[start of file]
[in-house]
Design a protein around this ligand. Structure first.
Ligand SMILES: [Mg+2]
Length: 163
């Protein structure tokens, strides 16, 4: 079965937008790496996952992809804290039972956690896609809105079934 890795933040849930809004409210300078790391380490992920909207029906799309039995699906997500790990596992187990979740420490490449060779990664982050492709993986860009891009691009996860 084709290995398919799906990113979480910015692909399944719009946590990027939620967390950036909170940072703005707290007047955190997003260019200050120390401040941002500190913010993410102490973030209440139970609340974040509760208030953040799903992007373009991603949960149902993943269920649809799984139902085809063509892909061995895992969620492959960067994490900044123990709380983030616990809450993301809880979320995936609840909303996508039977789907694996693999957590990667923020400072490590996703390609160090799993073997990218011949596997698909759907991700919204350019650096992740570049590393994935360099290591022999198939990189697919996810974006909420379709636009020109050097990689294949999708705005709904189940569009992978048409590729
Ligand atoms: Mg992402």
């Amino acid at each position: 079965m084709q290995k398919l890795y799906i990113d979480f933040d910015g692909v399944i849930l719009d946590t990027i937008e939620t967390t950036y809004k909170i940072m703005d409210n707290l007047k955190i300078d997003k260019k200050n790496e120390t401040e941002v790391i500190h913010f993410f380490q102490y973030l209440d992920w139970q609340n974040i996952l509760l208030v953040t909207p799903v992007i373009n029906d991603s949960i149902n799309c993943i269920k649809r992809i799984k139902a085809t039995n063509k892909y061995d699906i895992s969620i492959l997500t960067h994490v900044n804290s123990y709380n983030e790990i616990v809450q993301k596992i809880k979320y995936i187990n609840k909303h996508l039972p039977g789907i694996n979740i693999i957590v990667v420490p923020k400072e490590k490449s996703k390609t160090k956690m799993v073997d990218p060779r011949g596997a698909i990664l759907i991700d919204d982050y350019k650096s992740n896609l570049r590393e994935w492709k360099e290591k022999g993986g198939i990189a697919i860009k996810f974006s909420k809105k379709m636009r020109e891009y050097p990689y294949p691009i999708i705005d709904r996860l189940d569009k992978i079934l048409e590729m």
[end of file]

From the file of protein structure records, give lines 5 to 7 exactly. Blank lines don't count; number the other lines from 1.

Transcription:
């Protein structure tokens, strides 16, 4: 079965937008790496996952992809804290039972956690896609809105079934 890795933040849930809004409210300078790391380490992920909207029906799309039995699906997500790990596992187990979740420490490449060779990664982050492709993986860009891009691009996860 084709290995398919799906990113979480910015692909399944719009946590990027939620967390950036909170940072703005707290007047955190997003260019200050120390401040941002500190913010993410102490973030209440139970609340974040509760208030953040799903992007373009991603949960149902993943269920649809799984139902085809063509892909061995895992969620492959960067994490900044123990709380983030616990809450993301809880979320995936609840909303996508039977789907694996693999957590990667923020400072490590996703390609160090799993073997990218011949596997698909759907991700919204350019650096992740570049590393994935360099290591022999198939990189697919996810974006909420379709636009020109050097990689294949999708705005709904189940569009992978048409590729
Ligand atoms: Mg992402």
């Amino acid at each position: 079965m084709q290995k398919l890795y799906i990113d979480f933040d910015g692909v399944i849930l719009d946590t990027i937008e939620t967390t950036y809004k909170i940072m703005d409210n707290l007047k955190i300078d997003k260019k200050n790496e120390t401040e941002v790391i500190h913010f993410f380490q102490y973030l209440d992920w139970q609340n974040i996952l509760l208030v953040t909207p799903v992007i373009n029906d991603s949960i149902n799309c993943i269920k649809r992809i799984k139902a085809t039995n063509k892909y061995d699906i895992s969620i492959l997500t960067h994490v900044n804290s123990y709380n983030e790990i616990v809450q993301k596992i809880k979320y995936i187990n609840k909303h996508l039972p039977g789907i694996n979740i693999i957590v990667v420490p923020k400072e490590k490449s996703k390609t160090k956690m799993v073997d990218p060779r011949g596997a698909i990664l759907i991700d919204d982050y350019k650096s992740n896609l570049r590393e994935w492709k360099e290591k022999g993986g198939i990189a697919i860009k996810f974006s909420k809105k379709m636009r020109e891009y050097p990689y294949p691009i999708i705005d709904r996860l189940d569009k992978i079934l048409e590729m």